Sending Astronomers to the Arctic? No more Hawaii for my Colleagues!

As the Canadian Winter approaches and our country goes into collective hibernation, we start to remind the world how cold it gets here, and that the tourist season is in July.  Still, we Canadians are proud of our hardiness and we will welcome you with open arms if you decide to visit in January.

Still, if you look at a population map of Canada, we mostly live in the southern 10% of our country’s latitudes.  There are thousands of square kilometres of open wilderness to explore.  We want to be warm, but we also love our home country.  Many Canadians travel south for part of the Winter to get some sunshine and shake off the seasonal affective disorder, aka SAD (A perfect name for the disorder if you ask me).  If you are really lucky, you are able travel to warmer climates for work!

We live in the warmer parts.

If you speak to a professional observational astronomer, chances are they have been to one of the following lovely locations for work: Hawaii, Arizona, or Chile.  Turns out that large telescopes need to be placed in warm, dry climates, usually on top of gorgeous mountain chains.  Hard work I know.

This had me thinking about good conditions for Astronomy.  Why not the Canadian Arctic? Sure it’s cold, but it’s dry and skies can be clear for long periods.  Then I saw a story about a scientist named Eric Steinbring who was proposing just that!

Polar Environment Atmospheric Research Laboratory (PEARL) in Canada. Credit: left, Steinbring et al., right, Dan Weaver

Steinbring, who led a team of National Research Council Canada scientists, said that a high Arctic site can “offer excellent image quality that is maintained during many clear, calm, dark periods that can last 100 hours or more.”

 

The team was commenting on recent surveys at the Polar Environment Atmospheric Research Laboratory (PEARL).  They concluded that the site on Ellesmere Island has dark, clear skies approximately 68% of the time, and commented that it “can allow reliable, uninterrupted temporal coverage during successive dark periods, in roughly 100 hour blocks with clear skies and good seeing.”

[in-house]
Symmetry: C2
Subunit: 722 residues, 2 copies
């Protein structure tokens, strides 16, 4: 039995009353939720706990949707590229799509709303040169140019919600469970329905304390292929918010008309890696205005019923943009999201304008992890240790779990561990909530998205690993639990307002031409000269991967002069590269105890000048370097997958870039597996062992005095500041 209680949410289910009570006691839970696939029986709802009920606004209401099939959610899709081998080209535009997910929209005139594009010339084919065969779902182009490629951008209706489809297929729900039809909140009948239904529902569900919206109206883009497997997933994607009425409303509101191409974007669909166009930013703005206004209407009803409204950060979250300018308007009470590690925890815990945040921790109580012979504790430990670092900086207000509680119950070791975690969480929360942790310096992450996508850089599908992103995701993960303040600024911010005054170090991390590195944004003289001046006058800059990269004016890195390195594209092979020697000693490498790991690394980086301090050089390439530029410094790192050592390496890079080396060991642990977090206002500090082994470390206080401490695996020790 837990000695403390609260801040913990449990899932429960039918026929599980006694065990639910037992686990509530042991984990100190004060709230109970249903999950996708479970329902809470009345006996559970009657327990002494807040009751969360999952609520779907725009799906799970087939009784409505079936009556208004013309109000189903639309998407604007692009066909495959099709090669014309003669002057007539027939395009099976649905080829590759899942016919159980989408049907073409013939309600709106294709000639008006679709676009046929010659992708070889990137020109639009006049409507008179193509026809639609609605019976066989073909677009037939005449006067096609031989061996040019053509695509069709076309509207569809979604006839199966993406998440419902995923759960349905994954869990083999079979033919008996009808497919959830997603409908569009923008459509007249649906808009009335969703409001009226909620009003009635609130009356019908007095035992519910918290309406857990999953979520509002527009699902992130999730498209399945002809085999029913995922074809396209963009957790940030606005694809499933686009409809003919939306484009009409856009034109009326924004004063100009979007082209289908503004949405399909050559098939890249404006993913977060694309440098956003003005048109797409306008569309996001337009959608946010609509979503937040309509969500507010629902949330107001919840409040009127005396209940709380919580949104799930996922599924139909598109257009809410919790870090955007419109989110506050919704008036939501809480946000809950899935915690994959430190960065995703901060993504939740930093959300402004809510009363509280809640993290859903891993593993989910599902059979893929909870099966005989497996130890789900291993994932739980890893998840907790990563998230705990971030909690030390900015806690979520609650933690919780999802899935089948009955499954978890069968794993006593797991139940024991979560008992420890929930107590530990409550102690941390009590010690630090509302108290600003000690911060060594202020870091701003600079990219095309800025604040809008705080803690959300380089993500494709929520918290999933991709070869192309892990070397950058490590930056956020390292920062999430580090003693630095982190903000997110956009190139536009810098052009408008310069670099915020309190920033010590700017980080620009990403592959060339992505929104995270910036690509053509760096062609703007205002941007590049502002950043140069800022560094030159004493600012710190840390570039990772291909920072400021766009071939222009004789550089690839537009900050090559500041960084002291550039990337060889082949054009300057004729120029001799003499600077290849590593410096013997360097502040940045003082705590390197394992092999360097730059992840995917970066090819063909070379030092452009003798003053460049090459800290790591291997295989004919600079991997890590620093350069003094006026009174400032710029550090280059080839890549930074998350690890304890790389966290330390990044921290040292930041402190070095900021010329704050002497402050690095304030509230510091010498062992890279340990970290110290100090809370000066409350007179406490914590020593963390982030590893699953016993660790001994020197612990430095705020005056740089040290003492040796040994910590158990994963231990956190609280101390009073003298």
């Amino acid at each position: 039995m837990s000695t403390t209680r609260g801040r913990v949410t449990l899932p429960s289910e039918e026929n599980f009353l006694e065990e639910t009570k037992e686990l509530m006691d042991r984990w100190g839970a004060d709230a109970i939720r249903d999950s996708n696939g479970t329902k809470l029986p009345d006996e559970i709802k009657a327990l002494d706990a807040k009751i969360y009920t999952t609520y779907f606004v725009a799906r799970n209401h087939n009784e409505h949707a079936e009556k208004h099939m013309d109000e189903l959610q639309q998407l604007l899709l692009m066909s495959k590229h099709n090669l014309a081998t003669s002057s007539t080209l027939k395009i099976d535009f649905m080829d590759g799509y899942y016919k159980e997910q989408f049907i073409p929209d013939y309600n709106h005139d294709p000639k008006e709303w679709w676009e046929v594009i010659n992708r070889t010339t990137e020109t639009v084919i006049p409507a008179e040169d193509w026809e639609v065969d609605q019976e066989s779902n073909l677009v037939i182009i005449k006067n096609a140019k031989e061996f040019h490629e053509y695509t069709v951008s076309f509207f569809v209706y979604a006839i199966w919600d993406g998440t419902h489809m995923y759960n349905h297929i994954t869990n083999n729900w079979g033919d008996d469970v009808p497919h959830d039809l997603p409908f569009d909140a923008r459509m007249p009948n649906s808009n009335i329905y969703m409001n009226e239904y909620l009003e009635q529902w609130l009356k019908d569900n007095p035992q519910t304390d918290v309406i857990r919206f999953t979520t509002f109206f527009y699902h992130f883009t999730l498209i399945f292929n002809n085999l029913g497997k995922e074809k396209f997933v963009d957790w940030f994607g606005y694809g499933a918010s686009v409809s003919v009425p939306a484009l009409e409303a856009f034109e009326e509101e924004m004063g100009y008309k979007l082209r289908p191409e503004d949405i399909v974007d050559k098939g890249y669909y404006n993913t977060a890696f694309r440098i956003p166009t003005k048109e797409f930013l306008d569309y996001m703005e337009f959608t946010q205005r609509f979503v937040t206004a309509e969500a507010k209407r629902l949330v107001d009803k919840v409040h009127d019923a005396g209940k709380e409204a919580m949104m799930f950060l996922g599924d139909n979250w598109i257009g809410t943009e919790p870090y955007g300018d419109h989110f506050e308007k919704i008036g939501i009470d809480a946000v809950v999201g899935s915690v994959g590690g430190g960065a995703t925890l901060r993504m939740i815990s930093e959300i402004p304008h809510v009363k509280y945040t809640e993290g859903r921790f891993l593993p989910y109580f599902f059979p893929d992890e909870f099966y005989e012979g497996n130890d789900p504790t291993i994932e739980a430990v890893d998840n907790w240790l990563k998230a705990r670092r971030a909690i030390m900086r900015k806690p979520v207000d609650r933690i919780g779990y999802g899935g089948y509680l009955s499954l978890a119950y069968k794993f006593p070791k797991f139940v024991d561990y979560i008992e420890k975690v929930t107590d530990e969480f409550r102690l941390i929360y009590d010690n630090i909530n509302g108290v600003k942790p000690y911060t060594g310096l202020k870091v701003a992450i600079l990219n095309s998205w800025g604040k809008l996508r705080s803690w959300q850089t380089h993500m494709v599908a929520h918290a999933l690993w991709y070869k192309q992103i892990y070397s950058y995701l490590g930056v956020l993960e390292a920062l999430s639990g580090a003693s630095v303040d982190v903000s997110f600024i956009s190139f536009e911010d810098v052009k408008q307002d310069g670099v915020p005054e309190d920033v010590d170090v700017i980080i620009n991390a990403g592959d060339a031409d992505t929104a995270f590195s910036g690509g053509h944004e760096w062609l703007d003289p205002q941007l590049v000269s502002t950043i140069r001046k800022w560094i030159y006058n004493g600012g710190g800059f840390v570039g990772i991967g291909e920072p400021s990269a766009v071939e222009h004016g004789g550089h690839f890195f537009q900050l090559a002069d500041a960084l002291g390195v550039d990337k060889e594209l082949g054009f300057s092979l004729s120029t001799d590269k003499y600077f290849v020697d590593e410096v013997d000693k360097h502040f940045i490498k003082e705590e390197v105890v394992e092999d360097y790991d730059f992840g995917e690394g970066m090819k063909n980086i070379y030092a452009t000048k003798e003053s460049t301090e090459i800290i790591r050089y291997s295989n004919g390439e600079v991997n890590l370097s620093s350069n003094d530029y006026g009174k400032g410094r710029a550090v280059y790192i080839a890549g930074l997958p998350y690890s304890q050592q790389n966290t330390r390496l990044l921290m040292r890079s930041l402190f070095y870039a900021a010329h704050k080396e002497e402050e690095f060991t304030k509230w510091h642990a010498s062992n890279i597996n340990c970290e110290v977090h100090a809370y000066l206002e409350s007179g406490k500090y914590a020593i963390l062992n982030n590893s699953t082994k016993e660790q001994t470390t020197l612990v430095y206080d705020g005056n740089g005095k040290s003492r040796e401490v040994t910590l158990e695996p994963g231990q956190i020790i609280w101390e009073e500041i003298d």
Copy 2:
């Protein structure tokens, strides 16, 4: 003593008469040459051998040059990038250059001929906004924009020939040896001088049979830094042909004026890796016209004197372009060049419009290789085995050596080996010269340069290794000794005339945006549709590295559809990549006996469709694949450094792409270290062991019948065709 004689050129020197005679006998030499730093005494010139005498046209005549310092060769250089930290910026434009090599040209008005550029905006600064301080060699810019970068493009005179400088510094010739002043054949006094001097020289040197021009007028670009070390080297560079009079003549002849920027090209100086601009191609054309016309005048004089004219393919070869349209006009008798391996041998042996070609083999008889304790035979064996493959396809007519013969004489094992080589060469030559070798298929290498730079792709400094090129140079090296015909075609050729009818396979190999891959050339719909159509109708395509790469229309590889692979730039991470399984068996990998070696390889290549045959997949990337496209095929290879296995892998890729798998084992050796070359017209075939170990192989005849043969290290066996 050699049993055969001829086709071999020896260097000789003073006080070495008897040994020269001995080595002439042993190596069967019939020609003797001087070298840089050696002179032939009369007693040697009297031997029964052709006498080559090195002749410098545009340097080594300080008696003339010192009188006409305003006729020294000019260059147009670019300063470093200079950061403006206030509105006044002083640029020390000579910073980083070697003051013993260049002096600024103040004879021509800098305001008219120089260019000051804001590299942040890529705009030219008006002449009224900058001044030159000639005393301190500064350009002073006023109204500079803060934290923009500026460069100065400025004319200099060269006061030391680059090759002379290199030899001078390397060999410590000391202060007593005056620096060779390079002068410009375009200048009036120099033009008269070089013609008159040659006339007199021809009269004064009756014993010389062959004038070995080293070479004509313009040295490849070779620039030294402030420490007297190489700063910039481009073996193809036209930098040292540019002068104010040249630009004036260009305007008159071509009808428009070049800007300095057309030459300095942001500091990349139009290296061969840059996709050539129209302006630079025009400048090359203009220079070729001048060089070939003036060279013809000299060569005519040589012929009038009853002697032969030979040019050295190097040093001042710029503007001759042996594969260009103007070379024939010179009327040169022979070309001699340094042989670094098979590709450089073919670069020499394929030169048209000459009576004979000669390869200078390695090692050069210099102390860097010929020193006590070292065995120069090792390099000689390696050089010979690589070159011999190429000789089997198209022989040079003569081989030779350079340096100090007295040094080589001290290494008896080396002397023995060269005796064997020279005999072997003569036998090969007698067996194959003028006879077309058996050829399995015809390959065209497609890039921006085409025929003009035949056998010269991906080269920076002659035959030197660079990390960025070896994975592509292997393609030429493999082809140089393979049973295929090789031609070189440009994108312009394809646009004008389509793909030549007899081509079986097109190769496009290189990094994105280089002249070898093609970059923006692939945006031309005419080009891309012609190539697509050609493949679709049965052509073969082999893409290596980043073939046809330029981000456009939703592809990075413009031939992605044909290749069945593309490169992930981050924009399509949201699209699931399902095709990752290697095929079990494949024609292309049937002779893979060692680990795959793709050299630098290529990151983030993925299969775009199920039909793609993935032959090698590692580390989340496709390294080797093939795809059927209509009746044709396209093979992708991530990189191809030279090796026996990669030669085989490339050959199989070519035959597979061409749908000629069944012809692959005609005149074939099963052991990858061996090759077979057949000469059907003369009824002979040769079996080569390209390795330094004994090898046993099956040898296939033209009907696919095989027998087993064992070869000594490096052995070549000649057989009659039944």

There are challenges however.  Strong winds can bring in intense storms that only last for short periods, but can still wreak havoc on equipment.  Steinbring’s team has been working on overcoming these challenges, allowing for the potential study of phenomena such as Gravitational Lensing, as well as the construction of multiple telescopes at PEARL.  Future Astronomers could spend a week up North probing the depths of the universe in the frigid cold.

In all fairness, observational astronomers are up all night observing and often sleep through the beautiful warm days, so it’s not really a vacation.  If anything it may be torture to travel to a warm location and not spend a single day in the outdoor warmth.  Not to mention the tops of mountains aren’t all that warm.  The temperature can dip below freezing on Mauna Kea in Hawaii, while the beaches are sitting at 30 degrees Celsius.  Still, the great thing about being an astronomer is that you absolutely love the night sky, and the best night skies in the world are at your doorstep when you visit these locations.  Even visiting the cold reaches of the Arctic is an adventure, and I would say most astronomers have a sense of adventure, choosing to dedicate their lives to exploring the unknown.

Keep doing what you love, wherever it takes you.  Maybe that love will keep you warm on those cold Arctic nights.

 

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